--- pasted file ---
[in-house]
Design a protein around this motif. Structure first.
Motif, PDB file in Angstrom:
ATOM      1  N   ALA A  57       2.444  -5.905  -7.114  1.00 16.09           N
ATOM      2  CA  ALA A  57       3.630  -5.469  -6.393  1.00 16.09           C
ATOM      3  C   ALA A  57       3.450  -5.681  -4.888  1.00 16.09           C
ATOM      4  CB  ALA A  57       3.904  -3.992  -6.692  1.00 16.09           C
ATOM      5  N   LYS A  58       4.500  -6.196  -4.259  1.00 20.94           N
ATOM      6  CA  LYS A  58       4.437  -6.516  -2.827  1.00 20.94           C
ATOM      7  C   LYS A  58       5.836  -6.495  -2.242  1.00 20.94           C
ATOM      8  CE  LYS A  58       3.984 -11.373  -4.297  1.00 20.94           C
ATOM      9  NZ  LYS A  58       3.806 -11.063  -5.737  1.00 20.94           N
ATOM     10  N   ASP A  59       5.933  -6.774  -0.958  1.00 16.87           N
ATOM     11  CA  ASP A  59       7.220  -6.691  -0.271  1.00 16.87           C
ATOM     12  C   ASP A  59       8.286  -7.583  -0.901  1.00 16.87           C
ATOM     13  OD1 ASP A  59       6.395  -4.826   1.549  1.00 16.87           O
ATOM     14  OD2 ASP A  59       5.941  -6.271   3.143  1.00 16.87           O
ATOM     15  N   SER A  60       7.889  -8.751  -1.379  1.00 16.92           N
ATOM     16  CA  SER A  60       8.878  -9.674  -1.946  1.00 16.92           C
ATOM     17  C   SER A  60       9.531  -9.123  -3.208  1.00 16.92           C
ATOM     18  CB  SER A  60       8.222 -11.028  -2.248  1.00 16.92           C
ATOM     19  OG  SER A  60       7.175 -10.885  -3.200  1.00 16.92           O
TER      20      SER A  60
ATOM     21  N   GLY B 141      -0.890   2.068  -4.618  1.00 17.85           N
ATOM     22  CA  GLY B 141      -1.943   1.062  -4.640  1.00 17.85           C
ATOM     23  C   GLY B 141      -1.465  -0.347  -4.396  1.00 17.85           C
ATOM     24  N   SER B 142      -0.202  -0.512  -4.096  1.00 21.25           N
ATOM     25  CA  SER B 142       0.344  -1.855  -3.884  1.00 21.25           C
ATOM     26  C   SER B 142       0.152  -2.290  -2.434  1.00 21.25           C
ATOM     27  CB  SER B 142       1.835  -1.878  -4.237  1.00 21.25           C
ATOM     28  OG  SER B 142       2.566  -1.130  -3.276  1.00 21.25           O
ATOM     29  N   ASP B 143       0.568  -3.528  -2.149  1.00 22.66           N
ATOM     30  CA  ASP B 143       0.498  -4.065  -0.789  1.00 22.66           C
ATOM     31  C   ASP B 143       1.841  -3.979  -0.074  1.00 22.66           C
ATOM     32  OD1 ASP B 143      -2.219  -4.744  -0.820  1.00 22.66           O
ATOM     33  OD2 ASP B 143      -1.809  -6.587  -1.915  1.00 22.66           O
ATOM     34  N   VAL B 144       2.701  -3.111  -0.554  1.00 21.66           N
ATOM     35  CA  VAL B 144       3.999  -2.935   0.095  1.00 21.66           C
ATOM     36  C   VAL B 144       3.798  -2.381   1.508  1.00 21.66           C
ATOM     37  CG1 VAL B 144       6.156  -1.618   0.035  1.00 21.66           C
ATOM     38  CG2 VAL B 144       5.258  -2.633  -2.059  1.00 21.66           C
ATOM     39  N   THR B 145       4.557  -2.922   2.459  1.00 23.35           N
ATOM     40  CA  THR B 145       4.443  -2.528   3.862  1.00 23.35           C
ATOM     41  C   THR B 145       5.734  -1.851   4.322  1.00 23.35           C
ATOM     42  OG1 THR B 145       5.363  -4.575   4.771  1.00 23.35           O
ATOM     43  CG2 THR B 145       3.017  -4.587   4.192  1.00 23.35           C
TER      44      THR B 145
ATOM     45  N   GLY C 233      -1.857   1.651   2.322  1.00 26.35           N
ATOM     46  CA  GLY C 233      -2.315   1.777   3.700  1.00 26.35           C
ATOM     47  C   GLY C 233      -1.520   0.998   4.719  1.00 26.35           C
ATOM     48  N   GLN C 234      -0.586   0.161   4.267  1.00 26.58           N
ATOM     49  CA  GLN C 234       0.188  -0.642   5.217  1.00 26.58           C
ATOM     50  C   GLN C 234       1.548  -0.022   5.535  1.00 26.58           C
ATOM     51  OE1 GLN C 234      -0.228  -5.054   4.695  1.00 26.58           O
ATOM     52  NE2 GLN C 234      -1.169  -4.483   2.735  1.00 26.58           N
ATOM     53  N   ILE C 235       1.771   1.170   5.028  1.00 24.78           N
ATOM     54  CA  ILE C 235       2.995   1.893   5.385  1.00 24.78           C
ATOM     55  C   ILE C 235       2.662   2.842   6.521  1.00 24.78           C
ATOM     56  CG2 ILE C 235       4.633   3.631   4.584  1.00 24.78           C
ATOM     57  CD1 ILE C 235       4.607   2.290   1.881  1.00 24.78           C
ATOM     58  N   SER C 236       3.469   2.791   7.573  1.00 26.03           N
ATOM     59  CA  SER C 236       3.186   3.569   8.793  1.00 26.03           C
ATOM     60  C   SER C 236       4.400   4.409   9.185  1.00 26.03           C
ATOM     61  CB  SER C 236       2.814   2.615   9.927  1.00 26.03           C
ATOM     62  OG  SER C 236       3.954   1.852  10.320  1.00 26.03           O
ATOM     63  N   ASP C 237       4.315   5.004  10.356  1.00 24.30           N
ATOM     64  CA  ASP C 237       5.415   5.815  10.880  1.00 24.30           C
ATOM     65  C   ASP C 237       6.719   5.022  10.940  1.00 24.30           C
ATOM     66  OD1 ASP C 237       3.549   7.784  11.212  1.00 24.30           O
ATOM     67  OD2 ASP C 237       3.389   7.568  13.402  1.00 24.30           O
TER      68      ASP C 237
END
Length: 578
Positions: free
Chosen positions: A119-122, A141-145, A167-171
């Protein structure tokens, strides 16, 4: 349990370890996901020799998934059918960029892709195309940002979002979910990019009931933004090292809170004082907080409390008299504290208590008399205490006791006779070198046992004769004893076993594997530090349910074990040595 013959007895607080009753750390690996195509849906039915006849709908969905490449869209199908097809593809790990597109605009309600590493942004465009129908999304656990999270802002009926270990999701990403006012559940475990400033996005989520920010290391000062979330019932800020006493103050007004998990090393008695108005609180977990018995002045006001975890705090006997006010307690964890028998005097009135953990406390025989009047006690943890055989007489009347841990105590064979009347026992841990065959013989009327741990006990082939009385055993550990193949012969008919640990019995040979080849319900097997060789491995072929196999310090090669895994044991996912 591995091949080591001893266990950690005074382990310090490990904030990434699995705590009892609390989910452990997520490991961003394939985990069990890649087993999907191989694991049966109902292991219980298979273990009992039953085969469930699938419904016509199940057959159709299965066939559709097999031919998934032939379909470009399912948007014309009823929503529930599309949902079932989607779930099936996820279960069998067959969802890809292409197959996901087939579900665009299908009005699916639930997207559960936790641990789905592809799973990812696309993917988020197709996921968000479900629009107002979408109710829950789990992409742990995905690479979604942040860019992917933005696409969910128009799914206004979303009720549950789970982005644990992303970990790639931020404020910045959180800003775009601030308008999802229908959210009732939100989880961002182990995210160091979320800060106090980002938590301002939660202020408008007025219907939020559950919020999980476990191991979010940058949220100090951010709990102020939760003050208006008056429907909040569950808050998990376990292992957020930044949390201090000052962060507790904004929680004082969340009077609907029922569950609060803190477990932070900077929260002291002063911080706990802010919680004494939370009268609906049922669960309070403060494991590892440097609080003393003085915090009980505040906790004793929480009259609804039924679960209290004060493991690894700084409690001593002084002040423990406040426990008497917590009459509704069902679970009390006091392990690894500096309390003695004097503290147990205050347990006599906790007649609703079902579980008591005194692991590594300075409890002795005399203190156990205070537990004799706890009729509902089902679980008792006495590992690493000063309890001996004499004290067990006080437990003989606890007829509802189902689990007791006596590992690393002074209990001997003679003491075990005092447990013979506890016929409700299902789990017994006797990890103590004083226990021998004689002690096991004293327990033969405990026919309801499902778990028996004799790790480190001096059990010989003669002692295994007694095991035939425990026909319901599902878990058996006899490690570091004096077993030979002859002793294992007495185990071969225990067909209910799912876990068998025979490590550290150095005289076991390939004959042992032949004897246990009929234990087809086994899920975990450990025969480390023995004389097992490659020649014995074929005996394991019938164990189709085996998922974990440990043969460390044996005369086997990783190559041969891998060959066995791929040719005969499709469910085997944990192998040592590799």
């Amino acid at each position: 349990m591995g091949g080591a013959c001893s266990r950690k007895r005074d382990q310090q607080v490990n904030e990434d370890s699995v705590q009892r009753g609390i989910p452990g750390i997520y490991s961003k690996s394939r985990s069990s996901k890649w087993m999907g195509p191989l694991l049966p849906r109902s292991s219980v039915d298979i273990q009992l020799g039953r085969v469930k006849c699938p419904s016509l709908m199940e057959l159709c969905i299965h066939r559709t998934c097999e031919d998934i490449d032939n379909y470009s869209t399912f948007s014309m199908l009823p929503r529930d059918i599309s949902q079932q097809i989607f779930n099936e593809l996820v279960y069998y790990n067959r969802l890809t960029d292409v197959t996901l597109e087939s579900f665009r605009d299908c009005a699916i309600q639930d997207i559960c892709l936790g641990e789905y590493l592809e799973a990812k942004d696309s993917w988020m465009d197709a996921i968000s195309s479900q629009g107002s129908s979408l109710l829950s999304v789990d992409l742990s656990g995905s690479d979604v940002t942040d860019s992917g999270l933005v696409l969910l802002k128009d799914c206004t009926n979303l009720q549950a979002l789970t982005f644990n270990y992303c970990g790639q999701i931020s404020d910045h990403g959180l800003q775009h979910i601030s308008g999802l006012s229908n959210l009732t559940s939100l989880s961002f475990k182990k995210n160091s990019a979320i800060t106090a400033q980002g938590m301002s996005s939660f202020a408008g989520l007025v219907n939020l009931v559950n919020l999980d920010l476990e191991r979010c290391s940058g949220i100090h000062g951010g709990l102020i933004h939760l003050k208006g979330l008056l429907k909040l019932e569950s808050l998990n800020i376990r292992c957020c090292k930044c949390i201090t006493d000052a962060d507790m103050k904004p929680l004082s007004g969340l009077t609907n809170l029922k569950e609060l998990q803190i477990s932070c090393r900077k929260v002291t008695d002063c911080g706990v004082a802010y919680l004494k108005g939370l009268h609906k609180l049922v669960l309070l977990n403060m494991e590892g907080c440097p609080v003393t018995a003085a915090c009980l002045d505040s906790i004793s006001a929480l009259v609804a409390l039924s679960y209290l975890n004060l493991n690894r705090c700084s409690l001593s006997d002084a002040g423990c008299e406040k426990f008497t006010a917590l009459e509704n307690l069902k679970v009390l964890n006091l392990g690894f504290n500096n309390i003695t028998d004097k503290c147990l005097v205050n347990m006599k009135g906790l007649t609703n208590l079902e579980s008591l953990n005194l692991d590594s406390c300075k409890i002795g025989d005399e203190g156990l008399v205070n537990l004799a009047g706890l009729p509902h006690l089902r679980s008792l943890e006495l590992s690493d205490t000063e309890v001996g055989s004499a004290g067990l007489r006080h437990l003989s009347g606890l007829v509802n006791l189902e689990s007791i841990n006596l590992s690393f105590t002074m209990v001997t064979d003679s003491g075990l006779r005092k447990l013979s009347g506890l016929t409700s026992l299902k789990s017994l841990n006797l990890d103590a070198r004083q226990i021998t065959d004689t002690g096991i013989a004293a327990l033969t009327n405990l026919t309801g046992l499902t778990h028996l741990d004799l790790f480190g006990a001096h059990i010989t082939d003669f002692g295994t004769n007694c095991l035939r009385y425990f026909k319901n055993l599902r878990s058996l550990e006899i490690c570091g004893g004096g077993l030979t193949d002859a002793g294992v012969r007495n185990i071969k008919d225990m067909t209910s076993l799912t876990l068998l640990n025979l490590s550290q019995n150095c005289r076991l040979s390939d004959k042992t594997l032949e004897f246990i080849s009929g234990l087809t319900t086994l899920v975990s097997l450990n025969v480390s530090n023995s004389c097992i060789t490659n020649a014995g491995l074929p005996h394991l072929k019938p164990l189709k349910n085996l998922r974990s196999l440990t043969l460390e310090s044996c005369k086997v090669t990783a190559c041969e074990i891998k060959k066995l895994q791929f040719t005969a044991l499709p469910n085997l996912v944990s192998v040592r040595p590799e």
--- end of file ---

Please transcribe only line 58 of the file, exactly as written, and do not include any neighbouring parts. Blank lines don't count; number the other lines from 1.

ATOM     55  C   ILE C 235       2.662   2.842   6.521  1.00 24.78           C